September 2018 - It has been announced that the A320neo has officially outnumbered the base A320 model in 2018 deliveries.
September 2018 - A former A321 airliner has joined the active inventory of the German Luftwaffe.
June 2019 - Development continues on the A321XLR extended range variant.
June 2019 - The A321XLR model was formally launched at Paris Air Show 2019. Air Lease Corporation (ALC) is slated as the launch customer with deliveries scheduled to commence before the end of 2023.
June 2019 - The A321XLR has secured orders from Qantas, Iberia, and Aer Lingus at Paris Air Show 2019. In total, the week led to a commitment for over 240 A321XLR aircraft.
September 2019 - the A320 passenger airliner jet family has marked its 9,000 unit delivery (this to air carrier EasyJet).
November 2019 - Air Arabia has placed an order for 120 examples of the A320neo series.
January 2020 - Air carrier Avianca has cancelled an order for 20 A320neo airliners. Deliveries of other expected A320neo aircraft have been delayed until at least 2025 while the company restructures.
January 2020 - The A321XLR is expected to reach its first customers in 2024 with a longer-range variant arriving in 2025.
February 2020 - The A321 freighter form has received its EASA certification.
April 2020 - Development of the A321XLR long-range narrow-body airliner continues with component production said to be underway.
July 2020 - The German Luftwaffe has elected to use modified Airbus A321 passenger airliners for its MEDEVAC / troop transport role. A pair of A321 airframes will be reworked for their new roles.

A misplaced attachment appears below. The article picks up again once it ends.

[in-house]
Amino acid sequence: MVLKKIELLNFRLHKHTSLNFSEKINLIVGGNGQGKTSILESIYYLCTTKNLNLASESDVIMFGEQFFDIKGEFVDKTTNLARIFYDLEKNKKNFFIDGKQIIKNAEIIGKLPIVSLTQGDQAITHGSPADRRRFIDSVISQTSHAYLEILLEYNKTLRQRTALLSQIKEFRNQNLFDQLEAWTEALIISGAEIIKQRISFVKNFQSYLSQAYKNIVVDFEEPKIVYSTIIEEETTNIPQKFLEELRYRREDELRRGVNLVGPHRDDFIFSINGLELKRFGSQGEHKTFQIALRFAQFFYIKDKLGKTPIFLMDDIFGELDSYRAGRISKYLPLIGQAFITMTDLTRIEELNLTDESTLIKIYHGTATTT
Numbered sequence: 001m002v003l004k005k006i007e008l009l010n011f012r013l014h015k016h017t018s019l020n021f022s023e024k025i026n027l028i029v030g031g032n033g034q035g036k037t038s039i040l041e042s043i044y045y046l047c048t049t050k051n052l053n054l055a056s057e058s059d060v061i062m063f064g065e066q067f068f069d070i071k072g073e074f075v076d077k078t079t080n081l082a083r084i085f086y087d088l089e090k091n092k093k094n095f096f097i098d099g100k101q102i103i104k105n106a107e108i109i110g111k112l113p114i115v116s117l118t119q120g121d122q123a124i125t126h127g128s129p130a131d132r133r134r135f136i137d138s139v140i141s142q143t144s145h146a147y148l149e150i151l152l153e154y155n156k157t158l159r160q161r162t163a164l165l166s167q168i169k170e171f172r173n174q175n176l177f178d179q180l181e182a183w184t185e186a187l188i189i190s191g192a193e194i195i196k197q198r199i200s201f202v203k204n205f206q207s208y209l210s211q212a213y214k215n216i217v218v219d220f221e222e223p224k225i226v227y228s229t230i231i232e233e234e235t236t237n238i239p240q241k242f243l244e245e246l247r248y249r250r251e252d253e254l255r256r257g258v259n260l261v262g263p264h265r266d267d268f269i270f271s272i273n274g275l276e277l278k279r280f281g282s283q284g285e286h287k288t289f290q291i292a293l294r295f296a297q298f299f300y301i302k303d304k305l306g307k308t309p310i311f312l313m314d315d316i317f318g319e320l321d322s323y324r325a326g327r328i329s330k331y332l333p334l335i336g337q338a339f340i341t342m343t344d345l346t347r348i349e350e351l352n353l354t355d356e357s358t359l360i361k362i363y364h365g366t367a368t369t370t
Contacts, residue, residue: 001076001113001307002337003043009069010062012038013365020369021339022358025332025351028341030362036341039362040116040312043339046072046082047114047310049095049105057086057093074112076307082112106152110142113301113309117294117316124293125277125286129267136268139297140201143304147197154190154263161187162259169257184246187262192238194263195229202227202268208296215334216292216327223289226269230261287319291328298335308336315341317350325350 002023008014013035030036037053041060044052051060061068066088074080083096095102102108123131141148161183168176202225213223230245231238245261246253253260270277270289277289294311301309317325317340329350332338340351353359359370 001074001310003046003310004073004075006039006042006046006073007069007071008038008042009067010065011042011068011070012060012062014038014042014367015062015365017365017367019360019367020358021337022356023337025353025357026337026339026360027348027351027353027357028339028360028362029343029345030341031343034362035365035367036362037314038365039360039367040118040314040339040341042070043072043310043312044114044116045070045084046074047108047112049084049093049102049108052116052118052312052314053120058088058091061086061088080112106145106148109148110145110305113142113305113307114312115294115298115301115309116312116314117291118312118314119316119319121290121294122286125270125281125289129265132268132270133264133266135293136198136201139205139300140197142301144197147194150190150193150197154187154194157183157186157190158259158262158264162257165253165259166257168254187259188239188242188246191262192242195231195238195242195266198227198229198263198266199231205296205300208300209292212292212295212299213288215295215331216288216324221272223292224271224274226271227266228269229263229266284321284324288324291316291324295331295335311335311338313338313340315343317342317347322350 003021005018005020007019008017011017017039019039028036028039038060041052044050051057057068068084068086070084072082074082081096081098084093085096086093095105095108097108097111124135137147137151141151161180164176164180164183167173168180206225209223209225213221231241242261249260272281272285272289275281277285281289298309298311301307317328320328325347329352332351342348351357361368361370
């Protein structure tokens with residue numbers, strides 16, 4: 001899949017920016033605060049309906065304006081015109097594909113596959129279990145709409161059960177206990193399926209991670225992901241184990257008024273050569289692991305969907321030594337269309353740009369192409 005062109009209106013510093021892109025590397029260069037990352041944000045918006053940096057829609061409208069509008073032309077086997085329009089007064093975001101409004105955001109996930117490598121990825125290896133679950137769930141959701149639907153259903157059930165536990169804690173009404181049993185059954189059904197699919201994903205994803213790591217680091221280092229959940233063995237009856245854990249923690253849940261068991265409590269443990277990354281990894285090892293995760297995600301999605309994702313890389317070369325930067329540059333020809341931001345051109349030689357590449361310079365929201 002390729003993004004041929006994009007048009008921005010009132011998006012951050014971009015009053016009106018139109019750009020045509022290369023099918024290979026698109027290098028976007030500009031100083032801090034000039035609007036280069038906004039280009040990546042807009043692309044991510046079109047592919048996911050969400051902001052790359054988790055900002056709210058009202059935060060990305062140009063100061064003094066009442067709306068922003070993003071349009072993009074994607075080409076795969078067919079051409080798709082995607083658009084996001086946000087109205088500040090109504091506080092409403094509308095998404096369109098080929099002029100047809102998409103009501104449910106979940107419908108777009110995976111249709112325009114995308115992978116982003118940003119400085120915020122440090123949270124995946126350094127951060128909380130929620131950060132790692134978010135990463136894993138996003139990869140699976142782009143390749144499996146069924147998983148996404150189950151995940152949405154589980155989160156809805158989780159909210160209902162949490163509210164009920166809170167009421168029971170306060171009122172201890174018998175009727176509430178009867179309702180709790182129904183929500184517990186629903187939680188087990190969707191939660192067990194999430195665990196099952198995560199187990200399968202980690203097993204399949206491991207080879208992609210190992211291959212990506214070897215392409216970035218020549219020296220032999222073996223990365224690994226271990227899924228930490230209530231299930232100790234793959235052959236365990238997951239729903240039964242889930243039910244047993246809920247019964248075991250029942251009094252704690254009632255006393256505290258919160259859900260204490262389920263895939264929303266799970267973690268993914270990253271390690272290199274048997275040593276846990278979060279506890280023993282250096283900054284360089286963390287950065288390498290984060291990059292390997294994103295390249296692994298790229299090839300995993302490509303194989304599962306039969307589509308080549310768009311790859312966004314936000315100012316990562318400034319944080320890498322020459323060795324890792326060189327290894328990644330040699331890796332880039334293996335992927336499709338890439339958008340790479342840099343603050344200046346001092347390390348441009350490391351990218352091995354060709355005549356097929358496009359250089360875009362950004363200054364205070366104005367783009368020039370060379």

January 2022 - Airbus has cancelled an order for 50 A321s destined for Qatar.
March 2022 - Avianca S.A. of Colombia has placed an order for an additional 88 Airbus A320neo airliners.
June 2022 - June 15th, 2022 marked the first-flight of the A321XLR variant as it begins one year of flight-testing.
Australia; Austria; Azerbaijan; Belgium; Brunei; Canada; China; Colombia; Croatia; Czech Republic; Denmark; Dominican Republic; Greece; Ecuador; Egypt; El Savador; Finland; Germany; Hong Kong; India; Iran; Iraq; Japan; Jordan; Kuwait; Libya; Mauritius; Moldova; Myanmar; Namibia; New Zealand; Pakistan; Philippines; Portugal; Russia; Saudi Arabia; South Korea; South Africa; Sweden; Taiwan; Thailand; Turkey; Ukraine; United Kingdom; United States; Uzbekistan; Vietnam; Yemen
(OPERATORS list includes past, present, and future operators when applicable)
Used in roles serving the commercial aviation market, ferrying both passengers and goods over range.
123.3 ft (37.57 m)
117.5 ft (35.80 m)
38.5 ft (11.75 m)
93,917 lb (42,600 kg)
155,999 lb (70,760 kg)
+62,082 lb (+28,160 kg)
(Showcased structural values pertain to the Airbus A320-200 production variant)
monoplane / low-mounted / swept-back
Design utilizes a single primary wing mainplane; this represent the most popular mainplane arrangement.
Mainplanes are low-mounted along the sides of the fuselage.